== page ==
This theory is studied at Harvard University and Cornell University. Other institutions are forming groups to study Hispanic, Native American and Asian-American societies. The Centers for Disease Control and Prevention in the U.S. used to hold trainings on this theory, but they were canceled by former U.S. President Donald Trump; he opposed teaching it in schools and forbade federal agencies from holding training on racial sensitivity, calling the theory “divisive, anti-American propaganda.”
“Students in our universities are inundated with Critical Race Theory. This is a Marxist document holding that America is a wicked and racist nation, that even young children are complicit in oppression, and that our entire society must be radically transformed.” Mr. Trump said.
Even though Joe Biden is more favorable to this theory, the debate continues. Legislatures in Arkansas, Idaho, Tennessee, Texas and Oklahoma have passed laws restricting its teaching in schools and universities. There are restrictions in other states as well. There are also attempts to ban it in the capital city: Washington, D.C.
A bill banning the teaching of the idea that the U.S. is a racist and sexist country and that people can be held accountable for the actions of their ancestors has been introduced by Republican Glenn Grothman. The initiative has virtually no chance: The local legislature is controlled by Democrats who are supporters of critical race theory.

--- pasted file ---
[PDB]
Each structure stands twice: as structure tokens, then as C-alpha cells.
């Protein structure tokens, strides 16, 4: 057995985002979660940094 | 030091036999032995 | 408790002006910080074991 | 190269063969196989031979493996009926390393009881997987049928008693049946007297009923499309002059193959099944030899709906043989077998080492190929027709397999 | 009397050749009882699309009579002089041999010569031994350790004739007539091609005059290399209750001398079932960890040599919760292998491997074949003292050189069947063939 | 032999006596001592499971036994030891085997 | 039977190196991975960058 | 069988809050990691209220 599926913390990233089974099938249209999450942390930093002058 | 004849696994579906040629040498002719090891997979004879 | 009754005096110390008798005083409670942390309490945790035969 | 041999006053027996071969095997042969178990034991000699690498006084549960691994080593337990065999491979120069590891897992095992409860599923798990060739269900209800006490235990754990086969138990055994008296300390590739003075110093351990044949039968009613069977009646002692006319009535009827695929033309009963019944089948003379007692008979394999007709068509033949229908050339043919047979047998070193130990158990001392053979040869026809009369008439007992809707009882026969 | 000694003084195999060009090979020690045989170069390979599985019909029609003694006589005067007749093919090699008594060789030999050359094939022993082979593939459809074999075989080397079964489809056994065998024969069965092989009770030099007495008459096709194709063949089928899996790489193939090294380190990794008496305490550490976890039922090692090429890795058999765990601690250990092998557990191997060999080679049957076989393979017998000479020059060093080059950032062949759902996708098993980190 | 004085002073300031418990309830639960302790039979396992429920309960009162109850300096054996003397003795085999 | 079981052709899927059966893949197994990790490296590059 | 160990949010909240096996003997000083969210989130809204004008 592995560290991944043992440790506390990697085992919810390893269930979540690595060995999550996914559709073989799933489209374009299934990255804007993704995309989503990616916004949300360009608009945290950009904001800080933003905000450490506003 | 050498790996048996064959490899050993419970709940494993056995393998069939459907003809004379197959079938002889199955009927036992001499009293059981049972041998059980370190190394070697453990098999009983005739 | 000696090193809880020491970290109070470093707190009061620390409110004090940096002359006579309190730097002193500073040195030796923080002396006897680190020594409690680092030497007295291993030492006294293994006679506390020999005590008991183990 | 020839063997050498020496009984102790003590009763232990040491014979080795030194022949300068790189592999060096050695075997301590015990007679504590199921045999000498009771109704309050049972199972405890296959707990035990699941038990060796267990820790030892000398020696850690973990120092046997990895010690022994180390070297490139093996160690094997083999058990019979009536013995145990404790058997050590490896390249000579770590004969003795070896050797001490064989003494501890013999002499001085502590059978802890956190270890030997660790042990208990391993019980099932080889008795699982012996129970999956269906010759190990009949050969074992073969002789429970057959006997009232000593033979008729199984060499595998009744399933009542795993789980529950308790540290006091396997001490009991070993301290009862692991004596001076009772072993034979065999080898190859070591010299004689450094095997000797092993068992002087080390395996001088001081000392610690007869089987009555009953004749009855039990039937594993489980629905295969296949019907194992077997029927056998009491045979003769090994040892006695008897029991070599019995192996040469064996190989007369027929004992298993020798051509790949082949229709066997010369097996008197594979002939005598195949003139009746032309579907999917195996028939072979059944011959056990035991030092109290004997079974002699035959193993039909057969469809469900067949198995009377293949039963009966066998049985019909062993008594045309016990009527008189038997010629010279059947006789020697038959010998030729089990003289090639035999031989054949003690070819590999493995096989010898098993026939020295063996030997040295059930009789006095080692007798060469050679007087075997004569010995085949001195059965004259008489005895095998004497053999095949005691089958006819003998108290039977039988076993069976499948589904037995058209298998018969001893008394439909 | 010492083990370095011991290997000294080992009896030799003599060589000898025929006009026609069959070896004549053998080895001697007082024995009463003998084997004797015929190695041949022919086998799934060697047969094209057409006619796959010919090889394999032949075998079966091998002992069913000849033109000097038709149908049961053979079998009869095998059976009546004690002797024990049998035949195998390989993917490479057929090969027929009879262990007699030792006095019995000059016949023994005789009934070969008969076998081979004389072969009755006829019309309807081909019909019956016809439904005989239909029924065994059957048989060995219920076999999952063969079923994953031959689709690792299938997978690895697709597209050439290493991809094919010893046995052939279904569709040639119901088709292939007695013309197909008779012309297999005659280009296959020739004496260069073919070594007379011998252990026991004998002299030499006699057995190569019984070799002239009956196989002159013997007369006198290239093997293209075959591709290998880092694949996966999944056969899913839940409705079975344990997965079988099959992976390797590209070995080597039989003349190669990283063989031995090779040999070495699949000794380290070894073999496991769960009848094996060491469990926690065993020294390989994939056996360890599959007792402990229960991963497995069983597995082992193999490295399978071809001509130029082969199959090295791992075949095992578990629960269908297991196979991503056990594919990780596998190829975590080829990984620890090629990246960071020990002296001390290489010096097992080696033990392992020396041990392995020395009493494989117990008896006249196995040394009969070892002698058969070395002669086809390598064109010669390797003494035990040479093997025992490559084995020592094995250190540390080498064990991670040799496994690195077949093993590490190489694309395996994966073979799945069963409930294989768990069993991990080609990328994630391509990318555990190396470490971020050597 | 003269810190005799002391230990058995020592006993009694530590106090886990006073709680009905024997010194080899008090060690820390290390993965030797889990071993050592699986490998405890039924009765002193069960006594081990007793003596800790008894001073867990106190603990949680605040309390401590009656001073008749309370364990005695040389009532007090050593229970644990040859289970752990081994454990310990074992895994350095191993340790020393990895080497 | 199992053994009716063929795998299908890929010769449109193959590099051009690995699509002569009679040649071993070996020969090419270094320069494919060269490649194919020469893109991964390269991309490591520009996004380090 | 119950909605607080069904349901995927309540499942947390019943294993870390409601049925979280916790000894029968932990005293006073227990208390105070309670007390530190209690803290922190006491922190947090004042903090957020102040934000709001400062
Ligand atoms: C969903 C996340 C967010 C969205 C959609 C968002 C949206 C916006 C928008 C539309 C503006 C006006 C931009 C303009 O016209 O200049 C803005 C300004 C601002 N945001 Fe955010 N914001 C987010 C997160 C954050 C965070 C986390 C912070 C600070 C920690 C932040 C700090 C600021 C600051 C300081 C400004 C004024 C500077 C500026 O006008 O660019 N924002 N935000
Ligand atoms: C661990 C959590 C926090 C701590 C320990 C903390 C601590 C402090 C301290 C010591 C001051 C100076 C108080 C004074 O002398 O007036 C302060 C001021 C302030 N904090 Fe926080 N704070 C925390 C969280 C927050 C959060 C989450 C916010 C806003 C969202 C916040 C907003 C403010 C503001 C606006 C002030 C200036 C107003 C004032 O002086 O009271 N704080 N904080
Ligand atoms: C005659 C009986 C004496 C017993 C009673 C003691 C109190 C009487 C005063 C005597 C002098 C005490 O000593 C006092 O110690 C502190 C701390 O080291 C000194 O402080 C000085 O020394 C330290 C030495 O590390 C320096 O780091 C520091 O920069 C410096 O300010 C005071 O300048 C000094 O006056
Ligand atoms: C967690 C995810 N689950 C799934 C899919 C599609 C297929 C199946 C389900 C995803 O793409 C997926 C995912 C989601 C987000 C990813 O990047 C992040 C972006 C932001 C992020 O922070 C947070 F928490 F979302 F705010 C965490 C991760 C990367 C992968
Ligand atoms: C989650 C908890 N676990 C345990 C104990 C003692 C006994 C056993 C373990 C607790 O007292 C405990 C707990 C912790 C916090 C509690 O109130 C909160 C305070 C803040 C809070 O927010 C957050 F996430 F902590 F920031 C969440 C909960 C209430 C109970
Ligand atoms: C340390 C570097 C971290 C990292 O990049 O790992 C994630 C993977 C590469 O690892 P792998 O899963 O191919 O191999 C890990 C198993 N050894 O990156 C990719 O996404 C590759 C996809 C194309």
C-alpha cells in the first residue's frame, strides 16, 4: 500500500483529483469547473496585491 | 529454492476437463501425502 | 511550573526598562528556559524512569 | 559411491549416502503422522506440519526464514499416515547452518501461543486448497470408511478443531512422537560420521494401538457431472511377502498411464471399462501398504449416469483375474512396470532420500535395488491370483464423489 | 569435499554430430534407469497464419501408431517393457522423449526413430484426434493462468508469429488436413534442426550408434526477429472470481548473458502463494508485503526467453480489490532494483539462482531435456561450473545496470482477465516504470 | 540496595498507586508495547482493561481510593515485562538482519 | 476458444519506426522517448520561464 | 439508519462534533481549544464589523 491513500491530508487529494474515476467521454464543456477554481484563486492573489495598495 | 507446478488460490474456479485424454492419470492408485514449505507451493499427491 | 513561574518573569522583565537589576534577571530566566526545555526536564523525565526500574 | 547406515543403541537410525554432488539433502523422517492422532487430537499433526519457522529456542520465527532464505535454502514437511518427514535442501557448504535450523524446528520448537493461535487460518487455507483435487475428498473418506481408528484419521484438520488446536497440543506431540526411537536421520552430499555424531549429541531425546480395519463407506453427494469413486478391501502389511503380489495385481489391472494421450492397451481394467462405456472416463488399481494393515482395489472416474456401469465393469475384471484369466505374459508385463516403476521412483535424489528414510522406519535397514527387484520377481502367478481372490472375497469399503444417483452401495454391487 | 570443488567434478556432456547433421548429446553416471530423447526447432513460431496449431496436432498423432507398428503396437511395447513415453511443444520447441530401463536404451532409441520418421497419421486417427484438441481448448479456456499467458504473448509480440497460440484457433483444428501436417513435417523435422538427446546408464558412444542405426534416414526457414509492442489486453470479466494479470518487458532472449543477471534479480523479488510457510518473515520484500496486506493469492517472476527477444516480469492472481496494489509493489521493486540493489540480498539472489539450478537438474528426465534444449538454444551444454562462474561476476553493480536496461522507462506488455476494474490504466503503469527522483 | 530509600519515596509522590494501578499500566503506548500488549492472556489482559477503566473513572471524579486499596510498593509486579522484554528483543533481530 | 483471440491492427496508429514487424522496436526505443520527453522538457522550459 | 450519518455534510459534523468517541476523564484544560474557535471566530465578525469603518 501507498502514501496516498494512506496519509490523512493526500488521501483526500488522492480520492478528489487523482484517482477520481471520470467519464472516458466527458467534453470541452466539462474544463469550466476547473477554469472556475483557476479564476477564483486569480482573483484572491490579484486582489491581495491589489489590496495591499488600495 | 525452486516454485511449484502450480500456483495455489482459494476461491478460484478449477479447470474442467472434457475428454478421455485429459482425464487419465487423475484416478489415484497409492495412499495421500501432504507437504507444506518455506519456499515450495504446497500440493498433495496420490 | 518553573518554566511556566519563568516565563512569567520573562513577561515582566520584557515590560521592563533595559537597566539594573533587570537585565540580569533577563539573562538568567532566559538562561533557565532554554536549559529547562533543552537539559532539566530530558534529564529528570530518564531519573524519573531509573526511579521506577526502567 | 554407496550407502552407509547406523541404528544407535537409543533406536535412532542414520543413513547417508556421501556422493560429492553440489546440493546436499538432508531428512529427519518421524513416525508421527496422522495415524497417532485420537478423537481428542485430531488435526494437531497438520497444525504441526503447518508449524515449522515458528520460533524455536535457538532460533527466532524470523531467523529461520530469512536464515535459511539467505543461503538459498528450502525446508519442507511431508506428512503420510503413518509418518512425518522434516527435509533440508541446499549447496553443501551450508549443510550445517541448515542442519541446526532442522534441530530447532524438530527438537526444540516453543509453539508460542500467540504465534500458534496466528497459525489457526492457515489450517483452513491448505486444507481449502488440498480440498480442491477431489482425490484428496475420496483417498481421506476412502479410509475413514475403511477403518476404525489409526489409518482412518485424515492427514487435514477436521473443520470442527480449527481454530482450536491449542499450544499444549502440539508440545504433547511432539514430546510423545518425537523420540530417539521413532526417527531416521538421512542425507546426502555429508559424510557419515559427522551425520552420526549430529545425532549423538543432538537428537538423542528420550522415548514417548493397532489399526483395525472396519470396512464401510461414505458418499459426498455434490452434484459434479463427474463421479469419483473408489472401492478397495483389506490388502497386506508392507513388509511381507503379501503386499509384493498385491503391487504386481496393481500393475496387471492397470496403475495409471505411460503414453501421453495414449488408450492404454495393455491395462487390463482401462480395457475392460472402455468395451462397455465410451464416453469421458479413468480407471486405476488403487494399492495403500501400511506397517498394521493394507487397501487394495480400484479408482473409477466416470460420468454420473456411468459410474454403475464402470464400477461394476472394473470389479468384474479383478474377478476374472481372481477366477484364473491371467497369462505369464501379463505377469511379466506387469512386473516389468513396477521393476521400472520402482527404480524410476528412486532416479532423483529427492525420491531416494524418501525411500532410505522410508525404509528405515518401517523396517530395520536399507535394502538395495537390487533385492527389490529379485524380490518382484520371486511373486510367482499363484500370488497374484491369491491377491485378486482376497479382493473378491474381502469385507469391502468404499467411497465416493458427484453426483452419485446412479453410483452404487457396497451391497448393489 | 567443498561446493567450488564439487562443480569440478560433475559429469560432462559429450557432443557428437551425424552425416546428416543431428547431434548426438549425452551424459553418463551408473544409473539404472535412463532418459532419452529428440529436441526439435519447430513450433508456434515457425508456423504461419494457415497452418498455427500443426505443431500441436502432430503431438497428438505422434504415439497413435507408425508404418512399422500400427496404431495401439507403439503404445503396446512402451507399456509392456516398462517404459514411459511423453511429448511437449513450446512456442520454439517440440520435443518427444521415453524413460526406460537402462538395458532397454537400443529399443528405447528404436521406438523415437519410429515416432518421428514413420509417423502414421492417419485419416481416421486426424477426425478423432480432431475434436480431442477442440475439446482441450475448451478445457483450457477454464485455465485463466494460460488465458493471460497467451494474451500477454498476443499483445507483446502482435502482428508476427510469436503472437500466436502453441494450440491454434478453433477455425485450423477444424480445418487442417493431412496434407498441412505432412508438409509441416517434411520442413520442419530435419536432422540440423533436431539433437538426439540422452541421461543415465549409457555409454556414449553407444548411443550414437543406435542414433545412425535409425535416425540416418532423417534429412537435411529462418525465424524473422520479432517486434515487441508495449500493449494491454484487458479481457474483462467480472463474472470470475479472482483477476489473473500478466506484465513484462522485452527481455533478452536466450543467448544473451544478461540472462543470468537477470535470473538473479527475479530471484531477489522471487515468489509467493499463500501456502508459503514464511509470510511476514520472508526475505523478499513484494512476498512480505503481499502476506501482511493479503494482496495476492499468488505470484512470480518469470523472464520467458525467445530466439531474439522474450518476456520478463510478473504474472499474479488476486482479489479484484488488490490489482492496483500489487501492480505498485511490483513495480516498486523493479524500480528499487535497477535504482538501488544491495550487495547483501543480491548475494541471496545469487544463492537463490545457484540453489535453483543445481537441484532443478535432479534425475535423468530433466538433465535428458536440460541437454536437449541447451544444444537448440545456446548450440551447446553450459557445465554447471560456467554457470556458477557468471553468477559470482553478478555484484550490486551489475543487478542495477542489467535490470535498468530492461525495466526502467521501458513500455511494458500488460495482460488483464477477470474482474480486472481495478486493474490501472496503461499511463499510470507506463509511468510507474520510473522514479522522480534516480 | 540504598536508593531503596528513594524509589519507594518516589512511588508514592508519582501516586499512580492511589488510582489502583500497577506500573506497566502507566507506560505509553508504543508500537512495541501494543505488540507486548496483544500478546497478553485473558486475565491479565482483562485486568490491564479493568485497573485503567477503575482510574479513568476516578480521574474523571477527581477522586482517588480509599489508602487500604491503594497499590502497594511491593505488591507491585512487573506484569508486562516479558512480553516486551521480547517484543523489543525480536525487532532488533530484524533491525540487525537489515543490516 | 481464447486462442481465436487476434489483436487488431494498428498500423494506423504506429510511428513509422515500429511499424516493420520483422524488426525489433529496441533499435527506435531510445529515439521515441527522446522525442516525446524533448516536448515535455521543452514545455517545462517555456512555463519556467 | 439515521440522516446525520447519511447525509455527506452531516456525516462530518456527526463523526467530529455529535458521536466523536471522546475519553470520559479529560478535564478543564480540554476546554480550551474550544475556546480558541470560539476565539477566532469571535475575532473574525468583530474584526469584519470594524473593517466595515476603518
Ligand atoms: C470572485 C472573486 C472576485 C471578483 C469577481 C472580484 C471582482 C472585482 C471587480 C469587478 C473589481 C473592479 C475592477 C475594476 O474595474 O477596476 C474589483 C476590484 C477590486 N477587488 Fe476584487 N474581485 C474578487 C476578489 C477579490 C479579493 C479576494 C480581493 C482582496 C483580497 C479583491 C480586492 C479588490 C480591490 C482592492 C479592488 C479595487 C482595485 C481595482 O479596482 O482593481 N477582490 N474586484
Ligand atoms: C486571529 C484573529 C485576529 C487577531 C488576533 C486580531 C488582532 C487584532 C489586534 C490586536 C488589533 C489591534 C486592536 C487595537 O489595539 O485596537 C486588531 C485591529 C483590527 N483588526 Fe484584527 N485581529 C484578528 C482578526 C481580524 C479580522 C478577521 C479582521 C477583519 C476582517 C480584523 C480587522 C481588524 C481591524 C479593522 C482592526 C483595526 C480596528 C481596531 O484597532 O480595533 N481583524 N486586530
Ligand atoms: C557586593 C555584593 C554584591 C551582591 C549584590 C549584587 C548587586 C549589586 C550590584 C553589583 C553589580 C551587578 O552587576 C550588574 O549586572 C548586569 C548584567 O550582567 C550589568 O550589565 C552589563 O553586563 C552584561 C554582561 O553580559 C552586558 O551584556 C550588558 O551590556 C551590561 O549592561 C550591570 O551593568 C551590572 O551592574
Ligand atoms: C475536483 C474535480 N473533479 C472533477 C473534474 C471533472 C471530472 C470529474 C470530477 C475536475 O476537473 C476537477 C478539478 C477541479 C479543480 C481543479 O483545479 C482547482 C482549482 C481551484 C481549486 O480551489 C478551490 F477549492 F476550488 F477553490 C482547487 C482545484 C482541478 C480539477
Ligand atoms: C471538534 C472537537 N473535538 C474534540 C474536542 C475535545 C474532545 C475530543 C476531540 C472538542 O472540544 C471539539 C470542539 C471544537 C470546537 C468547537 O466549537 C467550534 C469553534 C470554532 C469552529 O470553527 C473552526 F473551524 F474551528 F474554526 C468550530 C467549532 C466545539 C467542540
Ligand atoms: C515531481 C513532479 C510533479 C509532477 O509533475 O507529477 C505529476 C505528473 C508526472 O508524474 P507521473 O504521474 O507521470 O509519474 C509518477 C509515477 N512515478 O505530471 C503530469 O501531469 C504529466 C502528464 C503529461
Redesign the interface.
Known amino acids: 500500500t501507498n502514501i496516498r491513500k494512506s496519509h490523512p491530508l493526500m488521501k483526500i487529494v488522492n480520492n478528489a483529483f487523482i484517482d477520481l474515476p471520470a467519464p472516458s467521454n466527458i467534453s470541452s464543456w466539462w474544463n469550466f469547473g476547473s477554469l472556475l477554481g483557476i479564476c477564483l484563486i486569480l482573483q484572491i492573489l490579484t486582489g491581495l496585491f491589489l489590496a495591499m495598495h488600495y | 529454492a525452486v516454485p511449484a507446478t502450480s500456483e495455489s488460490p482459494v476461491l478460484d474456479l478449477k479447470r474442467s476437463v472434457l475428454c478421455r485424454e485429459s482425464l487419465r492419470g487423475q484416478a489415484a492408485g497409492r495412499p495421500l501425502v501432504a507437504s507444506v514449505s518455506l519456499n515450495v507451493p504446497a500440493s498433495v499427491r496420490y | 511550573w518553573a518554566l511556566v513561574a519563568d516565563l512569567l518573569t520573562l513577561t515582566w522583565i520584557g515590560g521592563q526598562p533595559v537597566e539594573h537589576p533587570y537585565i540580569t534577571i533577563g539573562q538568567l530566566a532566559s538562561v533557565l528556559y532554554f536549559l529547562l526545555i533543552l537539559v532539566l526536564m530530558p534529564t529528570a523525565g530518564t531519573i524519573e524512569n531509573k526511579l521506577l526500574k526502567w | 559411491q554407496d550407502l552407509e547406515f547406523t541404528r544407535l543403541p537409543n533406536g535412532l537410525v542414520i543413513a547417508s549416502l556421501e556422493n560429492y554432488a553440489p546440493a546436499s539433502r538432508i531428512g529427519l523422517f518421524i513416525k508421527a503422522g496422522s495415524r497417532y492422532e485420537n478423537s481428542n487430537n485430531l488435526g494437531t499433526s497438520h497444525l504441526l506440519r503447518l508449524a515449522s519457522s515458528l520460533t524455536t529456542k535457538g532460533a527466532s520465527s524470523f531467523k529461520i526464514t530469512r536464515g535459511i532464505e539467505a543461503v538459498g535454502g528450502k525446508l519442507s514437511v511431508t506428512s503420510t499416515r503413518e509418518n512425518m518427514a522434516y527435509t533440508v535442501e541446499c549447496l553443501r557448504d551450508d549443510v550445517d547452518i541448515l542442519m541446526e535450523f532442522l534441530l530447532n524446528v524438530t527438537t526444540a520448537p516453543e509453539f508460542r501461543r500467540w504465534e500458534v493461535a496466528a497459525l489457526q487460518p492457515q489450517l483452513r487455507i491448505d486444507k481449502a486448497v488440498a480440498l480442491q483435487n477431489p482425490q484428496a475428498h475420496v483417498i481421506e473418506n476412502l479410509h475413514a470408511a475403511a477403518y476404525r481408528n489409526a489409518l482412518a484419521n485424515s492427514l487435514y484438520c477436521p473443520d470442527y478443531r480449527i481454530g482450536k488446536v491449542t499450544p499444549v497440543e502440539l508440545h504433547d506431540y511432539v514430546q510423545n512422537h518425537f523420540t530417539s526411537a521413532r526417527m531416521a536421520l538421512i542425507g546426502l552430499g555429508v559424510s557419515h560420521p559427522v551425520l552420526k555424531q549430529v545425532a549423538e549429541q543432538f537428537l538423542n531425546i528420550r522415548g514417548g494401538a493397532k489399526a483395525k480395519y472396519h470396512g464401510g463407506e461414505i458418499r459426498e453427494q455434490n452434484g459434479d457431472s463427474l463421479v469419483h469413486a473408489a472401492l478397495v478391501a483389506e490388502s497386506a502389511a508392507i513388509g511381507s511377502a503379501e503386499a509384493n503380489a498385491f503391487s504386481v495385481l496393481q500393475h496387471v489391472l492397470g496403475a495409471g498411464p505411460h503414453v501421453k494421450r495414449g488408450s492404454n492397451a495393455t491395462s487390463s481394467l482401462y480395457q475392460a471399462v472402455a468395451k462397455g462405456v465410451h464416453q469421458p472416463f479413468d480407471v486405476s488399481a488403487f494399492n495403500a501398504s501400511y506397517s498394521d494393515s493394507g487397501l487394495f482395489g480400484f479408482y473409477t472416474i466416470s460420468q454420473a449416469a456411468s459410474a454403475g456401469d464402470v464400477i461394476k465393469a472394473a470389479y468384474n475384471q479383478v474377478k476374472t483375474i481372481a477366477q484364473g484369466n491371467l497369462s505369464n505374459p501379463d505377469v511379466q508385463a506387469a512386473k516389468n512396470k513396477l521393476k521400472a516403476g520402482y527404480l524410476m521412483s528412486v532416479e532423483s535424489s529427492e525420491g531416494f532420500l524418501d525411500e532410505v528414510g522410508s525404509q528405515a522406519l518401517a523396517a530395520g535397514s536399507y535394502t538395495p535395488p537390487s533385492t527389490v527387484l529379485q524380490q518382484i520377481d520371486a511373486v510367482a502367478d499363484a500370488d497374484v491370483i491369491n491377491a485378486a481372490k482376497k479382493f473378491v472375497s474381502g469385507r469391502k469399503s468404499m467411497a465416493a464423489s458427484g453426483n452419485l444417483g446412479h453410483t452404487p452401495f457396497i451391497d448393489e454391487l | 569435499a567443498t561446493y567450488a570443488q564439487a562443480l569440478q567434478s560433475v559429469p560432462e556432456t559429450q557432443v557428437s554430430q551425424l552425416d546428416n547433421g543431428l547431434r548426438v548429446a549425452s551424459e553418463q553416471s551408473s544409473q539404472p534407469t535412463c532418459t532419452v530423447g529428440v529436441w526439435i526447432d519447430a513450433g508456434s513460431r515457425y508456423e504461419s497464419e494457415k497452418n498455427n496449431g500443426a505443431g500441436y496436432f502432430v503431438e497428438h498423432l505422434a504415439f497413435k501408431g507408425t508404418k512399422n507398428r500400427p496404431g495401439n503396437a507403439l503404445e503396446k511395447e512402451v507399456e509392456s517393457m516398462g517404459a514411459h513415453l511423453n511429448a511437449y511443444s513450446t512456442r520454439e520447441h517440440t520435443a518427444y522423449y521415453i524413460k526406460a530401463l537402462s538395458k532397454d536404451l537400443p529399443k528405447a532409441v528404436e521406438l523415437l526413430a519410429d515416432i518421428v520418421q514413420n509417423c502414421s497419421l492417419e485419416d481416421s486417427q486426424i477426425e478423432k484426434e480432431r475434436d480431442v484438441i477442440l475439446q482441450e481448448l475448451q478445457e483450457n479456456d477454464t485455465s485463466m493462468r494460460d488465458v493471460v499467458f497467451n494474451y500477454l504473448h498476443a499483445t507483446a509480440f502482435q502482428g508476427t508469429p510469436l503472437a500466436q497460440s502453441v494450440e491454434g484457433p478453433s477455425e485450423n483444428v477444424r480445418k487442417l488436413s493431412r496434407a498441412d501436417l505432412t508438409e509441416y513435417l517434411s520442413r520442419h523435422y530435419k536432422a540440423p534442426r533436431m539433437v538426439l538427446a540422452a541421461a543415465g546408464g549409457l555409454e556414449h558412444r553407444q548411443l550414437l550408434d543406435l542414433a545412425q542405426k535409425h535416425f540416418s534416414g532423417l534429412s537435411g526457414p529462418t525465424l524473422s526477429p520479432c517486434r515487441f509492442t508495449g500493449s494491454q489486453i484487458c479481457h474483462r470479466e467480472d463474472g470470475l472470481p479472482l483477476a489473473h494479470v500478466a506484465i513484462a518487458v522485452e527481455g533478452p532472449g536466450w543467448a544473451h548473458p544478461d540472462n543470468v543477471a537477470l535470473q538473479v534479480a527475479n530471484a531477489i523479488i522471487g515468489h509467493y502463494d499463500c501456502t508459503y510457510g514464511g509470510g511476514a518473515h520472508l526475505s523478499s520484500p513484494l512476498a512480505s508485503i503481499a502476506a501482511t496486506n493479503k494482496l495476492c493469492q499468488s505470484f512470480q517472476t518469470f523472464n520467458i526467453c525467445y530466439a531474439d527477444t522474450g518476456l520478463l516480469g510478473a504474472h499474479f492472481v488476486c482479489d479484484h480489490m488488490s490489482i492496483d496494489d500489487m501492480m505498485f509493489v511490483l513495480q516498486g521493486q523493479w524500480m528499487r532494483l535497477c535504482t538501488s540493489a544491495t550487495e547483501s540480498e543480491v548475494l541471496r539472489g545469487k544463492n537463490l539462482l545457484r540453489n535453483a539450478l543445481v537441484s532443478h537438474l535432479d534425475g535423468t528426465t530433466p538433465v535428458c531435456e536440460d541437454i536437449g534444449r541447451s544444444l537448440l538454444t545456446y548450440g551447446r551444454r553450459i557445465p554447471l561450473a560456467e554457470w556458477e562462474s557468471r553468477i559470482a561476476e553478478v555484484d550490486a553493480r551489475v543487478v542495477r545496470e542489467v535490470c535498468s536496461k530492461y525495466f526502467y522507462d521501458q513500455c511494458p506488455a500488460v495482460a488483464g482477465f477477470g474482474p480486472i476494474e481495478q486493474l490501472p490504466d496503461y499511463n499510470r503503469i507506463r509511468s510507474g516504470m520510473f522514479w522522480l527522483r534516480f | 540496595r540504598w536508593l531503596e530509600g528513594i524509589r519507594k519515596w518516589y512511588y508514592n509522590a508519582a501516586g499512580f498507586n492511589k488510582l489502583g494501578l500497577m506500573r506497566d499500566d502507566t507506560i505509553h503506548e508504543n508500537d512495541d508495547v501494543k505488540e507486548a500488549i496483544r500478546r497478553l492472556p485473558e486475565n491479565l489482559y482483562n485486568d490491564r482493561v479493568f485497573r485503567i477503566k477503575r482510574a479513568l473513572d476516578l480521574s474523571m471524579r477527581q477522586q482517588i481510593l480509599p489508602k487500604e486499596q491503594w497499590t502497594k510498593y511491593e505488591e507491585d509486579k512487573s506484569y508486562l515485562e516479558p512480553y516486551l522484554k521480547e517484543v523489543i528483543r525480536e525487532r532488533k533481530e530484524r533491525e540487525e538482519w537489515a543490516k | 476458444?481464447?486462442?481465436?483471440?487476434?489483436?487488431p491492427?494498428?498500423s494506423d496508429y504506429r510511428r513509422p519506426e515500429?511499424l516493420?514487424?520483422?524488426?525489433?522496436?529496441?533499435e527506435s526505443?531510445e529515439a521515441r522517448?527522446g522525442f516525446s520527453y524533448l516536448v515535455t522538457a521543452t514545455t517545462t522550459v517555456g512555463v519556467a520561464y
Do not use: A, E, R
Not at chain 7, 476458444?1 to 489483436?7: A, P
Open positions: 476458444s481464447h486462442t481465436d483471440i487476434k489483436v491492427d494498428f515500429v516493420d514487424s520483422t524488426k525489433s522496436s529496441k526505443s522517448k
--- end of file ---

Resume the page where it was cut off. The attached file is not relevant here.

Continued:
In a county where the majority of residents are liberal and the majority of students are Black, racial equality, on the other hand, is a priority. For example, under the leadership of the chancellor of D.C. public schools, Lewis Ferebee, there are special anti-racism courses for teachers, and Ferebee himself spoke openly about systemic racism in the country after the murder of Minneapolis resident George Floyd by a police officer. He said the district is working to rethink the entire educational process. “We’re looking at areas like grading and discipline and attendance — whenever we see outcomes that are along the lines of racial disparities, we want to be at the forefront of rethinking and reimagining what is possible,” he explained at the press conference.
The day before, some six dozen educational groups also signed a statement expressing their displeasure with the ongoing assault on critical race theory. “The clear goal of these efforts is to suppress teaching and learning about the role of racism in the history of the United States,” the statement said. It argued that educators must present an unadulterated picture of history in order to raise students to be informed and active citizens.
However, such proclamations are unlikely to convince Republicans. The day before, one of the party’s most prominent spokesmen, Texas Sen. Ted Cruz, said that critical race theory “teaches that America is fundamentally racist and irredeemably racist,” and that the purpose of this theory is to divide Americans. “It is a lie and it is every bit as racist as the Klansmen in the white sheets on the ground,” the senator said. Technically, the public agrees with him: An Economist/YouGov poll found that 58% of Americans view the theory negatively, though only 26% of those surveyed are well informed about it, while 38% have only heard something about it.